Body Team 12 is tasked with collecting the dead at the height of the Ebola outbreak. These body collectors have arguably the most dangerous and gruesome job in the world. Yet despite the ... See full summary »
When Bill Babbitt realizes his brother Manny has committed a crime he agonizes over his decision to call the police. Living Condition: Bill's Story is an animated account of his decision to... See full summary »
Watani - My Homeland is the story of one family's fight and struggle to survive the Syrian Civil War. Having lost her husband, the mother makes the heart achingly painful decision to leave ... See full summary »
What does it take to build a world-class French restaurant? What if the staff is almost entirely men and women just out of prison? What if most have never cooked or served before, and have ... See full summary »
"Claude Lanzmann: Spectres of the Shoah" begins by putting the eponymous journalist/filmmaker's monumental nine-and-a-half-hour documentary on the Holocaust, Shoah (1985), in a quick context with thoughts from the likes of film critic Richard Brody and director Marcel Ophuls. It then dives headlong into a study of its making, with Lanzmann recounting the great emotional toll the seven years of production and five years of editing had on him. It is at once a fascinating portrait of a man openly pessimistic about the world, and a unique distillation of a creative process that yielded one of the most powerful cinematic documents of our time.Written by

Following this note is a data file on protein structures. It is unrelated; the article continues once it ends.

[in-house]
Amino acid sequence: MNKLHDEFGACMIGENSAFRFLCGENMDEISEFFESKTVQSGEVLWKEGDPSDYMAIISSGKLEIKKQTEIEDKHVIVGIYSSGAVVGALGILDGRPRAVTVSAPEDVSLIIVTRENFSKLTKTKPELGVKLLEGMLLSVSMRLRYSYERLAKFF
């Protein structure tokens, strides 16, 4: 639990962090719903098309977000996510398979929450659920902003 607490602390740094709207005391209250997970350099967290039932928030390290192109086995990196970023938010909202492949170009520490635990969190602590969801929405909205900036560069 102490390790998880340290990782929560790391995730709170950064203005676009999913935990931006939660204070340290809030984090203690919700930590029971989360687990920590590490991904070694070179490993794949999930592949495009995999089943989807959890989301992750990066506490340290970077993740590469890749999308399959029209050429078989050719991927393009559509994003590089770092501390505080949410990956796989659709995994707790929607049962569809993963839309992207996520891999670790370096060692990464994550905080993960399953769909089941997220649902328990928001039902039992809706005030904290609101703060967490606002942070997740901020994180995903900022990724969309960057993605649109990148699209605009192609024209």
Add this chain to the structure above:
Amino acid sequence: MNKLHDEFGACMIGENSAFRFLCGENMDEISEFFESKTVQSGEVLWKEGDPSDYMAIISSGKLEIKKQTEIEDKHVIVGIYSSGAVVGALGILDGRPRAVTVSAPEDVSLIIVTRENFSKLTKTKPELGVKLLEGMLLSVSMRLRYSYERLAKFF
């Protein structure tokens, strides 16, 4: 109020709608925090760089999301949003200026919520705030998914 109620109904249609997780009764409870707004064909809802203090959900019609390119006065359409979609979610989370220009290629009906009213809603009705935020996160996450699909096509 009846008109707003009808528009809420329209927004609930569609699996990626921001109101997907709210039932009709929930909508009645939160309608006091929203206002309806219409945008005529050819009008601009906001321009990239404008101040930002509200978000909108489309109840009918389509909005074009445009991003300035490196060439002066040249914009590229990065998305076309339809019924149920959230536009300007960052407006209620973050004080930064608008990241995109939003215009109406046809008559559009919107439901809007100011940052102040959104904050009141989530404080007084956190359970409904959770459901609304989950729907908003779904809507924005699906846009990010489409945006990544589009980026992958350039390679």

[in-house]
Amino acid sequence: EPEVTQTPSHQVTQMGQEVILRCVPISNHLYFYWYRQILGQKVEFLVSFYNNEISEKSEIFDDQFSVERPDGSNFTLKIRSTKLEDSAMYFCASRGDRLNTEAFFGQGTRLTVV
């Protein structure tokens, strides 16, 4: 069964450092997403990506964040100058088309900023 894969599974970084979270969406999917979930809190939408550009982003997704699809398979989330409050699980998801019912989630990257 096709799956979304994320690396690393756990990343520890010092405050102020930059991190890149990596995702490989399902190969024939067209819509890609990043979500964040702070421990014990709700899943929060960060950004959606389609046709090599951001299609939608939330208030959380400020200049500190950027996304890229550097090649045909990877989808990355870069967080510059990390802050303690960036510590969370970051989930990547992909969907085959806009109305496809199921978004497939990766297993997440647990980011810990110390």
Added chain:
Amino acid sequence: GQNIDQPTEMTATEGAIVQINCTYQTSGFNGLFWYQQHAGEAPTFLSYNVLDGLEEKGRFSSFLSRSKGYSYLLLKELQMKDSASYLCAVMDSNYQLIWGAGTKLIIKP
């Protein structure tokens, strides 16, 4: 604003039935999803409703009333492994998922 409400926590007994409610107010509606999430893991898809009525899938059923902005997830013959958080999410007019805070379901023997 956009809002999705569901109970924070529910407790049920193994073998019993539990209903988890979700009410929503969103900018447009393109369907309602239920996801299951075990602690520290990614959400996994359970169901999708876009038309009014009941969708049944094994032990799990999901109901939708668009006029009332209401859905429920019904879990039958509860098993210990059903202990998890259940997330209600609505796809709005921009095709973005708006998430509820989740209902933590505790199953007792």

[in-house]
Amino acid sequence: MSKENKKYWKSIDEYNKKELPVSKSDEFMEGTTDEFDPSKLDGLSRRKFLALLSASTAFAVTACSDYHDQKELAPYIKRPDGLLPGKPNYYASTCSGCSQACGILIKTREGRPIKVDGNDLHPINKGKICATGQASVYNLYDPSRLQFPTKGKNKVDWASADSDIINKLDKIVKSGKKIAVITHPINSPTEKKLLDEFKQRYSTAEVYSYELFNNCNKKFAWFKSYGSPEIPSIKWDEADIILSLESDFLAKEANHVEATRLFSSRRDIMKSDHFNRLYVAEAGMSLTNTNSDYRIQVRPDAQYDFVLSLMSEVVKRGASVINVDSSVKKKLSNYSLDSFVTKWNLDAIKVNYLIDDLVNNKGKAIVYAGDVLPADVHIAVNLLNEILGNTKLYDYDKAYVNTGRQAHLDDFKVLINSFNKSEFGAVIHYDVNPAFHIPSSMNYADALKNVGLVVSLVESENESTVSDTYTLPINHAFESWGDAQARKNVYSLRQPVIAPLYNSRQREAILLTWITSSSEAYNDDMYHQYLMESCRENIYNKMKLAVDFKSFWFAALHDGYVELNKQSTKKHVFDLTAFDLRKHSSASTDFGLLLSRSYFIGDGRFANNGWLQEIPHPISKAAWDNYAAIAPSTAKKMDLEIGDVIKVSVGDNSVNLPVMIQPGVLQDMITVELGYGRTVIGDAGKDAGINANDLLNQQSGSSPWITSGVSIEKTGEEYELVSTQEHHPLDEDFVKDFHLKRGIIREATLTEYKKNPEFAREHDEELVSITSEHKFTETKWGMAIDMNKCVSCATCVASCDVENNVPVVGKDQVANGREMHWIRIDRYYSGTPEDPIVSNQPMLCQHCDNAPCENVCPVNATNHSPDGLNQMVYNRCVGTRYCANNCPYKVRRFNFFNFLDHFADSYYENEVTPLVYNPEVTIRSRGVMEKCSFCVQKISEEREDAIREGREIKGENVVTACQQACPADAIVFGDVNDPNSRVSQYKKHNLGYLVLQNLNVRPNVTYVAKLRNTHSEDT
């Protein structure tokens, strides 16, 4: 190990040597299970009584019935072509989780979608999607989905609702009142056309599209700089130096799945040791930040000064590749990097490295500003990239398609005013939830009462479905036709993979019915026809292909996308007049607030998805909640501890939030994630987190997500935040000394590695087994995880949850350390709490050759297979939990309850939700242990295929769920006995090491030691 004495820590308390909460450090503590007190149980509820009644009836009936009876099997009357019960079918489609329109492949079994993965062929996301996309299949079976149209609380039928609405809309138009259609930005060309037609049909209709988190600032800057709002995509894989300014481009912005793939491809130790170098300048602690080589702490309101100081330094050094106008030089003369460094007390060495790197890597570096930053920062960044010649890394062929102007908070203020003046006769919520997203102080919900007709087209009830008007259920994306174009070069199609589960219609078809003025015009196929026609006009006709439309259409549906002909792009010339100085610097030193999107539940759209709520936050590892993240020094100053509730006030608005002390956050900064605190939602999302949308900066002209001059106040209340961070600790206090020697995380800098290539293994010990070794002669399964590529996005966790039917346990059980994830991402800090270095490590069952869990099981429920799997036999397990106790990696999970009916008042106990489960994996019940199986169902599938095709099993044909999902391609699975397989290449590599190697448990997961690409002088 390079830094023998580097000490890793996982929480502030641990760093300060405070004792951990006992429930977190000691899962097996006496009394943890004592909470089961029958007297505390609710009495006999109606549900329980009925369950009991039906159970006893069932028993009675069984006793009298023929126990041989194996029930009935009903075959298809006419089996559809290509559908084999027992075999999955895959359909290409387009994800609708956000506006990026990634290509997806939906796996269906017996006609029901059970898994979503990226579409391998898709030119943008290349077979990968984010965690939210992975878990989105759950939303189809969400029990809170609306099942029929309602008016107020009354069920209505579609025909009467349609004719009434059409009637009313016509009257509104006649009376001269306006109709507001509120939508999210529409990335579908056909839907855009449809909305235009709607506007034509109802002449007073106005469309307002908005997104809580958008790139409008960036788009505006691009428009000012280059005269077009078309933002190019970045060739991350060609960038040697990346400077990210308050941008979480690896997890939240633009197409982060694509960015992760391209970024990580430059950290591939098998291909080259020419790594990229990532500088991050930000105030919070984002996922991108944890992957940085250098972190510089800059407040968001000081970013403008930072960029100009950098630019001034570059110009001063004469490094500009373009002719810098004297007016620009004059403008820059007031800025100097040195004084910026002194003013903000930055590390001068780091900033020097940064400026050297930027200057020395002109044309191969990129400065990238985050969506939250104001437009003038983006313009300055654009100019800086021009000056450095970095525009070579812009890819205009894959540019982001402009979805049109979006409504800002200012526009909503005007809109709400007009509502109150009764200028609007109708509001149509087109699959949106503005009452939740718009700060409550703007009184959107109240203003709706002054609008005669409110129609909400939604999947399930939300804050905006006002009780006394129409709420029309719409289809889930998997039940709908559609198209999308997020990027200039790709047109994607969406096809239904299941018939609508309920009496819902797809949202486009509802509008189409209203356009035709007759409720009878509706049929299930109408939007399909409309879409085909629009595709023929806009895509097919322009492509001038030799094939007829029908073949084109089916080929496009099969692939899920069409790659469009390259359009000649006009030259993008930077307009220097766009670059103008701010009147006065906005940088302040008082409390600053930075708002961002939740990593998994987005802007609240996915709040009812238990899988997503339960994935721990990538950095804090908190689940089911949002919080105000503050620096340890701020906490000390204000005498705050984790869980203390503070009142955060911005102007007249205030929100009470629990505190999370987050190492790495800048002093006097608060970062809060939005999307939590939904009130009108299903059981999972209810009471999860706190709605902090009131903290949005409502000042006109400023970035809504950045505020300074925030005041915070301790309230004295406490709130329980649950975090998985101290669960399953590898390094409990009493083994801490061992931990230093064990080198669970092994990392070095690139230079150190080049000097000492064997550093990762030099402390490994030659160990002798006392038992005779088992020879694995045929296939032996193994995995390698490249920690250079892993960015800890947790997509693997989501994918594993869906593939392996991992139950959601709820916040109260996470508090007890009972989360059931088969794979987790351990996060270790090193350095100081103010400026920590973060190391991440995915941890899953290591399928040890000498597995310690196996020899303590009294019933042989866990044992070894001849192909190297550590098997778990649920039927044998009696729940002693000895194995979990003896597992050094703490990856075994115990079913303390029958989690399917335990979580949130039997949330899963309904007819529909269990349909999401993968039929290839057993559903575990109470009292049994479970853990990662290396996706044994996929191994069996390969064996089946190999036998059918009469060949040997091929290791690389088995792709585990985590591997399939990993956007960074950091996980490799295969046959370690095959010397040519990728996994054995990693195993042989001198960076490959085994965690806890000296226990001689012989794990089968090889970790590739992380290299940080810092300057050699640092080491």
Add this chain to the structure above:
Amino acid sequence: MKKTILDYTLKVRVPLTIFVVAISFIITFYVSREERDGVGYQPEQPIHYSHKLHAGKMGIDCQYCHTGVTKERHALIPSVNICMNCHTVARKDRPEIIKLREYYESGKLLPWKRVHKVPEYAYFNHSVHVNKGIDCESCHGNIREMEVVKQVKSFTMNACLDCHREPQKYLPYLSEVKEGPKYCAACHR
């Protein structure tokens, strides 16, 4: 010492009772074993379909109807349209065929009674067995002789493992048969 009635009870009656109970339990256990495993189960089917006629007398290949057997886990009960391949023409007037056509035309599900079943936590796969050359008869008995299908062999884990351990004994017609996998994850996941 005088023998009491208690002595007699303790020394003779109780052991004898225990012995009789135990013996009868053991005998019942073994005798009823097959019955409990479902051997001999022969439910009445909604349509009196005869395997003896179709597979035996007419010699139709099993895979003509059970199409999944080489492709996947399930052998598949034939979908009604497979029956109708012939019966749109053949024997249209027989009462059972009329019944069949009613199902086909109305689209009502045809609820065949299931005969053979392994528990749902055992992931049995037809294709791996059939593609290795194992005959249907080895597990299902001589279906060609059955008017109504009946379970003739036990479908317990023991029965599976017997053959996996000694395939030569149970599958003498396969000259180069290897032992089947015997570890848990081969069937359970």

The archive footage shown is mostly from the outtakes of Shoah (1985). They are part of the 'Claude Lanzmann Shoah Collection' in the 'Steven Spielberg Film and Video Archive' of the United States Holocaust Memorial Museum. They are in the public domain now. See more »
Claude Lanzmann, Himself:
When I say that it took me 12 years to create this film, you need to have a very special relationship with time. I, one way, I said for me, time stopped. I don't know when. But something happened in my life which stopped the passing of time.
See more »
After eleven years of work, filmmaker Claude Lanzmann finally released Shoah, the longest and most comprehensive documentary of the extermination of the Jews during World War II. At 10 hours in length, it's a real chore to watch but this film doesn't focus so much on his final product but on Lanzmann's personal efforts to get the film made. Very few clips from his epic film are shown but instead the film consists of interviews with Lanzmann and others as well as some never before shown footage Lanzmann secretly shot for Shoah but never actually used. You also learn about about Lanzmann's personal life and relationships...but only a bit. In many ways, the documentary was interesting but it left you feeling as if Lanzmann's story was still quite incomplete. The film was also the weakest of the nominees for Best Documentary Short.
UPDATE: "A Girl in the River" took the Oscar for Best Documentary Short.
1 of 5 people found this review helpful.
Was this review helpful to you?
| Report this